After nine years he decided to go back to teaching English, which he had done briefly before getting married. In 1912 the couple moved to Great Britain, then eventually settling in Beaconsfield, just outside London, England (Wikipedia). “Two roads diverged in a yellow wood, And sorry I could not travel both”, (Frost). If the roads indeed represent choice, then the yellow wood represents life. Could Frost be writing about his decision to move to Great Britain leaving America behind? Frost then writes of sorrow and not being able to travel both roads, could this be fear of future regret?

What he will miss by leaving America? “And be one traveler, long I stood” (Frost). This represents his uncertainty of what the future might bring them in Great Britain. Possibly Second Guessing? While living in England Frost befriended another poet (Edward Thomas). Together, Frost and Thomas would take long walks in the forest, where Thomas would often complain that they should have taken another path (Wikipedia). Frost and his wife only stayed in England a short time, moving back to America as World War I began in 1915. Upon their arrival, Frost purchased another farm in Franconia, New Hampshire.

This is where Frost started his career of writing, teaching and lecturing (Wikipedia). When we look further at the poem, “And having perhaps the better claim, Because it was grassy and wanted wear (Frost);” This can be represented by the fact, he had moved to Great Britain. “Though as for that, the passing there, Had worn them really about the same, And both that morning equally lay” (Frost). After returning home to America Frost might feel like he is right back where he started, and that possibly he should not have left to begin with. Frost writes further, “Oh, I kept the first for another day!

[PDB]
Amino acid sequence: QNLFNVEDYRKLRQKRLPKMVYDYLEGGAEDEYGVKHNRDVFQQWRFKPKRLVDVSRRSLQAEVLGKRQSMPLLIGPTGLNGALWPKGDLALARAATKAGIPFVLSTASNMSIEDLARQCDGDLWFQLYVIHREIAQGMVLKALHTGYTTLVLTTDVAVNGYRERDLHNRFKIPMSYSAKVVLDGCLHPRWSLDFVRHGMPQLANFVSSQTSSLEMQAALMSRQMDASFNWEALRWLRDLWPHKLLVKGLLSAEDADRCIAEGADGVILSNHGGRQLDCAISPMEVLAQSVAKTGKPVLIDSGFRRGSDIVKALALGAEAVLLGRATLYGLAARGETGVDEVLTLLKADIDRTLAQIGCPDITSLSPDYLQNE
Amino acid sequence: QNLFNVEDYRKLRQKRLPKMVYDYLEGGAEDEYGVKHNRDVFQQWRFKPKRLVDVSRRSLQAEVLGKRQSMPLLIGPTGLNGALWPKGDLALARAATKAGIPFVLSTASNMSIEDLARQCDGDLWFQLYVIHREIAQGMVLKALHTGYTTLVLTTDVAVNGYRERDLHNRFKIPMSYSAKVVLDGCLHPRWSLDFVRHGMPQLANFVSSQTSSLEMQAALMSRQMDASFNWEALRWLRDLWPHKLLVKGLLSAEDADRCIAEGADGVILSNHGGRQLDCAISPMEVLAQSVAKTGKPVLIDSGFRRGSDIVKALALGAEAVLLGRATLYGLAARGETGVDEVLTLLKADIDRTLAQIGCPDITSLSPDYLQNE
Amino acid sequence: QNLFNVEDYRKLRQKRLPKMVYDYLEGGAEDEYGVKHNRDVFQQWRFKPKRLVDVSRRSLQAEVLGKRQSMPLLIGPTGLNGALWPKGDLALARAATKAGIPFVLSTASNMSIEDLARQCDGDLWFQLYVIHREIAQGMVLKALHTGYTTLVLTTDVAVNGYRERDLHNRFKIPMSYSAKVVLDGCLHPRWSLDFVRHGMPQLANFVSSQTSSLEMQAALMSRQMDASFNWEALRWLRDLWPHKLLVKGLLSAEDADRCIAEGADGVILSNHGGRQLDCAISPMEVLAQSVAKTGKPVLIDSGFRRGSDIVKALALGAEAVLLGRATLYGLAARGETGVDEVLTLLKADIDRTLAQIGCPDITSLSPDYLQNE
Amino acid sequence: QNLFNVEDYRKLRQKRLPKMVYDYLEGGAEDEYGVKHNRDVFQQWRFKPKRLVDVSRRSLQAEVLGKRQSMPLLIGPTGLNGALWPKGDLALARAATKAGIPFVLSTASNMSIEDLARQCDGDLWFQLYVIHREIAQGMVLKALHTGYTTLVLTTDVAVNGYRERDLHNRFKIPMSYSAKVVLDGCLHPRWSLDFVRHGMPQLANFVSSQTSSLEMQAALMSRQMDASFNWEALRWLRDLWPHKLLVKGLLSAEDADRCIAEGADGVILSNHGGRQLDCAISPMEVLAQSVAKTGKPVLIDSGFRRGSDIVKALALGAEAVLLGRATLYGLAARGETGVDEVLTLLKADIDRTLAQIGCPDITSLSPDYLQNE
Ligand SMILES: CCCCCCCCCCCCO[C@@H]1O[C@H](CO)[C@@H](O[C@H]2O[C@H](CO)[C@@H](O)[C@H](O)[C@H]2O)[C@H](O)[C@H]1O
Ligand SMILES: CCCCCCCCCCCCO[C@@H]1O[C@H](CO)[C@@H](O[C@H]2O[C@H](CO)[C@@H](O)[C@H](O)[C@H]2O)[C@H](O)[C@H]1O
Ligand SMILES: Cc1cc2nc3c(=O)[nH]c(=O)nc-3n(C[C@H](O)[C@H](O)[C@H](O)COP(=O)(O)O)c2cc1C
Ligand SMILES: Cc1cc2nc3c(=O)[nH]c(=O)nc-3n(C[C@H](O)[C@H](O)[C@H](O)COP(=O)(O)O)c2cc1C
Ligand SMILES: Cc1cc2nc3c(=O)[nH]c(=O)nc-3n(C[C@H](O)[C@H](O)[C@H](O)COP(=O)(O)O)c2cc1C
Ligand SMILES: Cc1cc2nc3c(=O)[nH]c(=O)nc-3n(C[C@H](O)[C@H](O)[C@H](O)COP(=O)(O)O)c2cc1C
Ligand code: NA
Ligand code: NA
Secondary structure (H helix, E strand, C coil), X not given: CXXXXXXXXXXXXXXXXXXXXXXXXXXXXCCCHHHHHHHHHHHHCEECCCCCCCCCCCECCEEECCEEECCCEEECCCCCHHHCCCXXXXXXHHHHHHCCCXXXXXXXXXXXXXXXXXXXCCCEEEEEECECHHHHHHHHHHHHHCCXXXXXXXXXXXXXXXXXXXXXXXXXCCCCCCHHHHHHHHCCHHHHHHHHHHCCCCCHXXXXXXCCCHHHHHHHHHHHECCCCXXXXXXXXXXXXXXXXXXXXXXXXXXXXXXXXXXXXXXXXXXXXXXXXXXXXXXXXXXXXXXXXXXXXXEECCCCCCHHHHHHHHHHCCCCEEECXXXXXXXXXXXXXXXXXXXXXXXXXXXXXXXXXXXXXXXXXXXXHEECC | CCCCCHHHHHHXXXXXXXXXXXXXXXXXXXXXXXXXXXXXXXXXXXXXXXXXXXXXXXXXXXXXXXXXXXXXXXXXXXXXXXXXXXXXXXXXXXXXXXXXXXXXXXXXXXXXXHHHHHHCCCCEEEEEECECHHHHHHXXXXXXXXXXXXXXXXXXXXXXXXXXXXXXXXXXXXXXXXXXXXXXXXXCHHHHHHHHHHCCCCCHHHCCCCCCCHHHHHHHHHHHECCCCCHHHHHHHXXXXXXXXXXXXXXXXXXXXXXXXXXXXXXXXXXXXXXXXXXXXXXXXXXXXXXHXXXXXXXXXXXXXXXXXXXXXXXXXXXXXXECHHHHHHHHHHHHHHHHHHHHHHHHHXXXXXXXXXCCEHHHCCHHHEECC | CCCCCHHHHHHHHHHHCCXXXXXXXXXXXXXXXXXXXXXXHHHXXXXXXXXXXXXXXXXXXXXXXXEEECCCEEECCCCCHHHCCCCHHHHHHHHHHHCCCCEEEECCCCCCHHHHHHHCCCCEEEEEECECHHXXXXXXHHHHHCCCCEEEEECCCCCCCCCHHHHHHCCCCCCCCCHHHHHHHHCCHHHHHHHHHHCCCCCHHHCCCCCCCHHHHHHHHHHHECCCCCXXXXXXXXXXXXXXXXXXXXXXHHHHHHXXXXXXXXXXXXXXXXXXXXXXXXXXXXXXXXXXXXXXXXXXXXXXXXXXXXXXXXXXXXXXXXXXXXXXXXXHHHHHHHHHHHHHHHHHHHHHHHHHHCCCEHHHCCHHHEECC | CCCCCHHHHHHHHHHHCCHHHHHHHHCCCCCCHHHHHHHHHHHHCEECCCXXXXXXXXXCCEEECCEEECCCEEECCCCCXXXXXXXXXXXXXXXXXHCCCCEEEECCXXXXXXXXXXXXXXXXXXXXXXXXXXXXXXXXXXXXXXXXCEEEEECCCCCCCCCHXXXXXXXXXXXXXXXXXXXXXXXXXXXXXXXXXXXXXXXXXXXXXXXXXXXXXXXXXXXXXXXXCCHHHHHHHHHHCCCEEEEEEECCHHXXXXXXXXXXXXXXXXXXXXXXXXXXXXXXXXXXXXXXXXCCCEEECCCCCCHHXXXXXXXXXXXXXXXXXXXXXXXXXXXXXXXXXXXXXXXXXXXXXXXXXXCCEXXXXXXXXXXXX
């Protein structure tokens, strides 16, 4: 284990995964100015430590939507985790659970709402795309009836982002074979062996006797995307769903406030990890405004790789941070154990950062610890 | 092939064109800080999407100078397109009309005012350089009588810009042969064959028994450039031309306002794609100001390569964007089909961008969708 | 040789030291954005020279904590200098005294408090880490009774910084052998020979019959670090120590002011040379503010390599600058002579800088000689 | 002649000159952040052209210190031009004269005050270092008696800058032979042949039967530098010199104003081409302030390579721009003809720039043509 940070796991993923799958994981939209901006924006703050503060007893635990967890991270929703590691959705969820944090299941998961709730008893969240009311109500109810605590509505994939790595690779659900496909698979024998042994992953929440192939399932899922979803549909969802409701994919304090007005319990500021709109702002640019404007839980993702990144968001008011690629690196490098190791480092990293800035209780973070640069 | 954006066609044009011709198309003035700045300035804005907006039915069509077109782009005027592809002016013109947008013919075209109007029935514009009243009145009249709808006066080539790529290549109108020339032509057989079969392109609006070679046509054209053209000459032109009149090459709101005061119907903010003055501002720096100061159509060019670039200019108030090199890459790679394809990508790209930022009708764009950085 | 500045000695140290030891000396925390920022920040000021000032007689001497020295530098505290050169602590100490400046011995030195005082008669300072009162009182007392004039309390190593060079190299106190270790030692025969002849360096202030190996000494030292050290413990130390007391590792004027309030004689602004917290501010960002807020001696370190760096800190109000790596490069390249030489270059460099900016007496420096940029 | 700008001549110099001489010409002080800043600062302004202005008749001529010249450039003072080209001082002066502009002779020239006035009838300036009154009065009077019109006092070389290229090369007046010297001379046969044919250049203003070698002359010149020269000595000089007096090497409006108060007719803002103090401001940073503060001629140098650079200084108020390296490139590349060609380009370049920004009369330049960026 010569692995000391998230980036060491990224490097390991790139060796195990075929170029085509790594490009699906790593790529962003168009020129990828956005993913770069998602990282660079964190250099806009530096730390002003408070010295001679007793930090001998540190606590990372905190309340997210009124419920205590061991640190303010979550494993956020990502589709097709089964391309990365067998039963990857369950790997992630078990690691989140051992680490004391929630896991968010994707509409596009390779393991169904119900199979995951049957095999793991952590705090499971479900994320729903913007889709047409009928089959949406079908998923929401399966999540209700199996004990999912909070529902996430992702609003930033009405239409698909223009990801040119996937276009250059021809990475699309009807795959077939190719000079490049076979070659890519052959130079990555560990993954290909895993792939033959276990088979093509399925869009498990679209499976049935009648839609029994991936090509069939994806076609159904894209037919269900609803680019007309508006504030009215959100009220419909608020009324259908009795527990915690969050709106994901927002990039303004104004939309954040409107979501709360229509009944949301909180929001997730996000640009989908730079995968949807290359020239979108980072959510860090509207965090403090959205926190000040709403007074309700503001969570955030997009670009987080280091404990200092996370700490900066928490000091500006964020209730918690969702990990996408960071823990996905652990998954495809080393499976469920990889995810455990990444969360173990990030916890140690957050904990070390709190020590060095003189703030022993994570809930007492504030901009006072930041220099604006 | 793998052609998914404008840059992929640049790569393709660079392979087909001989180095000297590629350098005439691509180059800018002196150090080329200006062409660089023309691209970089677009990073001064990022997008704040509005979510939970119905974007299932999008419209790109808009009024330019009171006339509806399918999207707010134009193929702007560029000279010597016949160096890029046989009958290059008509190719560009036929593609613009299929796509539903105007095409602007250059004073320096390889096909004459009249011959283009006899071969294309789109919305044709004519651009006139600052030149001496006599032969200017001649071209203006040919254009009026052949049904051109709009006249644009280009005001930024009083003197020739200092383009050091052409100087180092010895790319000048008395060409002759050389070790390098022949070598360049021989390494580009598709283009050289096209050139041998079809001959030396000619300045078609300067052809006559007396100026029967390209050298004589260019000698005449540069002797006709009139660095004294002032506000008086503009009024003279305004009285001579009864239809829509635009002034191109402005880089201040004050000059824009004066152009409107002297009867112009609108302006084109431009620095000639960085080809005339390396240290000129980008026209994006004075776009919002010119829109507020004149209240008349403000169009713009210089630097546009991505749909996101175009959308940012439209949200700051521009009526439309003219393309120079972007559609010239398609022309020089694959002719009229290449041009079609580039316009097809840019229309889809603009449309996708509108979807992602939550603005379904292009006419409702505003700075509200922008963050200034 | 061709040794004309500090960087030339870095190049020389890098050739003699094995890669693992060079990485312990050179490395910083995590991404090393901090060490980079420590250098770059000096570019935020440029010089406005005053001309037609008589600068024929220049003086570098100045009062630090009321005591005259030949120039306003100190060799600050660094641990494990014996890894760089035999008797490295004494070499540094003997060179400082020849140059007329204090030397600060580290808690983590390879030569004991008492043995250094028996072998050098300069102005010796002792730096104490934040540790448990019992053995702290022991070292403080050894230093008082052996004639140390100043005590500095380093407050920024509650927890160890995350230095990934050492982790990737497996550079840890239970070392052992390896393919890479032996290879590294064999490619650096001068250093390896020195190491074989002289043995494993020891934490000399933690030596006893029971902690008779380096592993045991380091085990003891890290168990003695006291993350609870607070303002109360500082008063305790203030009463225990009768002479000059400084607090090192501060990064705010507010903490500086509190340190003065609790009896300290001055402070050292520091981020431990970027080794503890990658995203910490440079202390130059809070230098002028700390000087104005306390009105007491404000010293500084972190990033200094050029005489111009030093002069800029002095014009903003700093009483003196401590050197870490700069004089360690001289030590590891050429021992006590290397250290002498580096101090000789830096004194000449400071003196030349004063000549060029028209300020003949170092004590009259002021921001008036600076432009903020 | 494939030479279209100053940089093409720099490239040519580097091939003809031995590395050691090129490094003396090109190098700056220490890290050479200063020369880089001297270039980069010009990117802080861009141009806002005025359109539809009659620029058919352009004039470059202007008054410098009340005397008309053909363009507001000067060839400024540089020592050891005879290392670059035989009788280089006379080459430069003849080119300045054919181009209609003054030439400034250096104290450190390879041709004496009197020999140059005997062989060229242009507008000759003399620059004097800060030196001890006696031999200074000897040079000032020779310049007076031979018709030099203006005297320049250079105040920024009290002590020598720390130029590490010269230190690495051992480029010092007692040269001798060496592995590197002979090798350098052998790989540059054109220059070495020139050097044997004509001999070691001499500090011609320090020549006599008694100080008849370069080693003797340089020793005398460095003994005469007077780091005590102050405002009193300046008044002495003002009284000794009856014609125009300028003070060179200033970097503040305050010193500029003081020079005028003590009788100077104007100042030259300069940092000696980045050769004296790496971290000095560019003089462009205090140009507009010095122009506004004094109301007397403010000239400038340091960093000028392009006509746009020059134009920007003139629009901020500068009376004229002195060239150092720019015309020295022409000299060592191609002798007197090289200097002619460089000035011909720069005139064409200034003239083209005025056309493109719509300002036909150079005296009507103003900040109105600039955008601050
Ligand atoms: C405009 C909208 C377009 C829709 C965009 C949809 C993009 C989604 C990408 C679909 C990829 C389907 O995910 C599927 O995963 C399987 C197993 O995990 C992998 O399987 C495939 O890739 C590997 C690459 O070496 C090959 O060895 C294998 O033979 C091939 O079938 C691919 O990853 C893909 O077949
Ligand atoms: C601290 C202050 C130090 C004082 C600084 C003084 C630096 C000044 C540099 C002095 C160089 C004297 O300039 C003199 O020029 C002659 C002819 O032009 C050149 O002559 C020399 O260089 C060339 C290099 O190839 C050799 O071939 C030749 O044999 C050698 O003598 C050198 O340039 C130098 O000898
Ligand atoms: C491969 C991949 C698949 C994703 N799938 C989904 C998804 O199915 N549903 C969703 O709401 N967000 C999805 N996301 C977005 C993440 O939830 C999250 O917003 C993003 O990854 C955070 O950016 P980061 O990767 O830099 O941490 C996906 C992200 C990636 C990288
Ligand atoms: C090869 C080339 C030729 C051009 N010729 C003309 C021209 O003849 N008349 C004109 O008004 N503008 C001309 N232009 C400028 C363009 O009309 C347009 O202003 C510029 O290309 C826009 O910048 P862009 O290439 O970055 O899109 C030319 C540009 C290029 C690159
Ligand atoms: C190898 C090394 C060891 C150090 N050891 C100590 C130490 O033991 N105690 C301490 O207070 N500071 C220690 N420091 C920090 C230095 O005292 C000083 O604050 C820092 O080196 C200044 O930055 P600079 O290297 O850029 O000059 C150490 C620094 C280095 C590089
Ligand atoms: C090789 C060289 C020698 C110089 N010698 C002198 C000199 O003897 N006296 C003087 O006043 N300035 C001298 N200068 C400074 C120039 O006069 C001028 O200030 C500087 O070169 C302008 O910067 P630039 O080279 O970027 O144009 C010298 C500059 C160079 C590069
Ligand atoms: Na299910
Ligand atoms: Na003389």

Yet knowing how way leads on to way” (Frost). I feel this represents that before moving to Great Britain and then to England, Frost thought he could always return home, but knowing after some choices are made it is not always easy undoing them, thus “I doubted if I should ever come back” (Frost). This does not mean he thought he would never return to America, it was only a belief when making the initial decision to move away. “I shall be telling this with a sigh, Somewhere ages and ages hence: Two roads diverged in a wood and I—I took the one less traveled by, And that has made all the difference” (Frost).

Frost expresses here that he will one day look back on the decision he has made, and then sigh, knowing it has made him the individual he is. I feel that analysis of Frosts life, from the time he left high school until the time this poem was published in 1916, shows just how his biographical background influenced this poem. However, “biographical accounts make it clear that Frost did not intend the message of this poem to be taken at face value. His biographer, Laurence Thompson, explained in Robert Frost: The Years of Triumph 1915-1938, that the poet wrote “The Road Not Taken” as a satire of his friend Edward Thomas.

Frost was amused by Thomas’ indecisiveness; by the way he would dither over decisions, unable to make up his mind” (Kelly). Robert Frost on his own poetry: “One stanza of ‘The Road Not Taken’ was written while I was sitting on a sofa in the middle of England: Was found three or four years later, and I couldn’t bear not to finish it. I wasn’t thinking about myself there, but about a friend who had gone off to war, a person who, whichever road he went, would be sorry he didn’t go the other. He was hard on himself that way. Bread Loaf Writers’ Conference, 23 Aug. 1953 (Frost, Road Not Taken) Summary The speaker stands in the woods, considering a fork in the road. Both ways are equally worn and equally overlaid with un-trodden leaves. The speaker chooses one, telling himself that he will take the other another day. Yet he knows it is unlikely that he will have the opportunity to do so. And he admits that someday in the future he will recreate the scene with a slight twist: He will claim that he took the less-traveled road.